As you can see, in the WIR tests whereas the Epson ink and media gives a 40-year life, the Calidad ink and paper only makes it for 0.6 of a year.

Now for some images:

WIR Display Permanence Tests with Epson DURABrite Inks and Epson Premium Glossy Photo Paper Compared With Non-Genuine Calidad Inks And Calidad Inkjet Glossy Photo Paper Printed with an Epson C87 Printer
WRI permanence tests

Top row: Equivalent years of exposure to light in home display at 450 lux for 12 hours per day in an accelerated light stability test (print framed under glass, 24°C and 60% RH) with Epson DURABrite Ultra pigment inks and Epson Premium Glossy Photo Paper printed with an Epson Stylus C87/ C88 inkjet printer.  The Epson inks and paper have a WIR Display Permanence Rating of 40 years.

Bottom row: Equivalent years of exposure to light in home display at 450 lux for 12 hours per day in an accelerated light stability test (print framed under glass, 24°C and 60% RH) with third-party Calidad brand “pigment” inks and Calidad Inkjet Glossy Photo Paper printed with an Epson Stylus C87/ C88 inkjet printer.  The Calidad inks have extremely poor light stability, with a WIR Display Permanence Rating of less than 1 year.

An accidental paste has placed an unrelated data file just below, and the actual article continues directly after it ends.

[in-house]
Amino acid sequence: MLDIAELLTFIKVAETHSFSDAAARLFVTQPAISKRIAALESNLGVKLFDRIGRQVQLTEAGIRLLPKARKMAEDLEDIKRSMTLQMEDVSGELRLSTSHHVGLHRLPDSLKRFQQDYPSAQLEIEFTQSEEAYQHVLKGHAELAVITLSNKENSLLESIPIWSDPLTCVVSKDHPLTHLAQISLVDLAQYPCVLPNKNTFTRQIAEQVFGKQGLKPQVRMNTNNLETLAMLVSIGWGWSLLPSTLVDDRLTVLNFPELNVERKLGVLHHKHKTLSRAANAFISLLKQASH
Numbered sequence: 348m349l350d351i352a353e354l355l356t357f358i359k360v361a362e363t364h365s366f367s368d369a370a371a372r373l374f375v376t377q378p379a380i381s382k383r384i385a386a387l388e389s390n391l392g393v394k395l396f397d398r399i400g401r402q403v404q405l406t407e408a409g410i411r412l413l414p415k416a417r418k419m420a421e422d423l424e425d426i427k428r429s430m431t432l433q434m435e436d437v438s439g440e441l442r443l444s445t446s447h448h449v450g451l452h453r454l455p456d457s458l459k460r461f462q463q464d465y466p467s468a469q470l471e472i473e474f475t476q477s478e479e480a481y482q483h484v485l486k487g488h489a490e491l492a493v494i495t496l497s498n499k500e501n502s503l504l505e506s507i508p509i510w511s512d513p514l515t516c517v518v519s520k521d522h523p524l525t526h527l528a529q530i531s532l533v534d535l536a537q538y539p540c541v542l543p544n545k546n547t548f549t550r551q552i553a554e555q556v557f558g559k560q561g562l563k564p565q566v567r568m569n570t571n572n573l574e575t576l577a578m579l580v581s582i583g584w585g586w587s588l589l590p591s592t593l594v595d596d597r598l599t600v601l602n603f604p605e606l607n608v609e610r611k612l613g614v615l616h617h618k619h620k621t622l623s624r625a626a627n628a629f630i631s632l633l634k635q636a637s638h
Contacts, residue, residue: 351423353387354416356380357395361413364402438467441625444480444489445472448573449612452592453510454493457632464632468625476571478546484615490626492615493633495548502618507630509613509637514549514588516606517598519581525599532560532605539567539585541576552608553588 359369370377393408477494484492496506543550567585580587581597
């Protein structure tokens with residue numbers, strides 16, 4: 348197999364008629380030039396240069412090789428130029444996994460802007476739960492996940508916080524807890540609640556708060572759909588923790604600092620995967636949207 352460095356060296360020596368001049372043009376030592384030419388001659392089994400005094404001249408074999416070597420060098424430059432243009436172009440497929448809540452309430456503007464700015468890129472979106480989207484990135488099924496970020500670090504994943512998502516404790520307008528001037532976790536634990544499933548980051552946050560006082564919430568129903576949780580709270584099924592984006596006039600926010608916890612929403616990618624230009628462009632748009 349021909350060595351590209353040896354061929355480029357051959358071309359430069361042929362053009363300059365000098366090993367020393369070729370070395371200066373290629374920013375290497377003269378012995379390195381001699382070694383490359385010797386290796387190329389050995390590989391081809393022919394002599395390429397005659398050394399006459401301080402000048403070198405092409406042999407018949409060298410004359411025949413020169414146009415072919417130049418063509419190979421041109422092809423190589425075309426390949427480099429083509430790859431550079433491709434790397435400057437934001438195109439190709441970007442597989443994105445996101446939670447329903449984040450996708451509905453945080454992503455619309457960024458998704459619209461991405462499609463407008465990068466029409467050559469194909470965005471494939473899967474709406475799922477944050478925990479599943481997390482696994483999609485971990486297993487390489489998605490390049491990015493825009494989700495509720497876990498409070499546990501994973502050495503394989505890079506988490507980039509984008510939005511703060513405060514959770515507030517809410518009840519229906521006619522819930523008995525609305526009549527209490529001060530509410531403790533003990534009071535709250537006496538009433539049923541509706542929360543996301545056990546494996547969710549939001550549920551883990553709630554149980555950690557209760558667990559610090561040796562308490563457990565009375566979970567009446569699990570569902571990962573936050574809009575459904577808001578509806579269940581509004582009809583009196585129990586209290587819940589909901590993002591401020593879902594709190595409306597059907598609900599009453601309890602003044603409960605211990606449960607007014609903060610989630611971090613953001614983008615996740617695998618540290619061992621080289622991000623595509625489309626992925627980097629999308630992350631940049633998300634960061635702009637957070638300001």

WIR Unprotected Ozone Resistance Tests with Epson DURABrite Inks and Epson Premium Glossy Photo Paper Compared With Non-Genuine Calidad Inks and Calidad Inkjet Glossy Photo Paper Printed with an Epson C87 Printer

WRI permanence tests

Top row: Equivalent years of ambient ozone exposure in an accelerated unprotected ozone resistance test (5 ppm ozone, 23°C and 50% RH) with Epson DURABrite Ultra pigment inks and Epson Premium Glossy Photo Paper printed with an Epson Stylus
C87/C88 inkjet printer.

Bottom row: Equivalent years of ambient ozone exposure in an accelerated unprotected ozone resistance test with third-party Calidad brand “pigment” inks and Calidad Inkjet Glossy Photo Paper printed with an Epson Stylus C87/C88 inkjet printer.  The Calidad inks and paper were purchased in Australia in February 2007.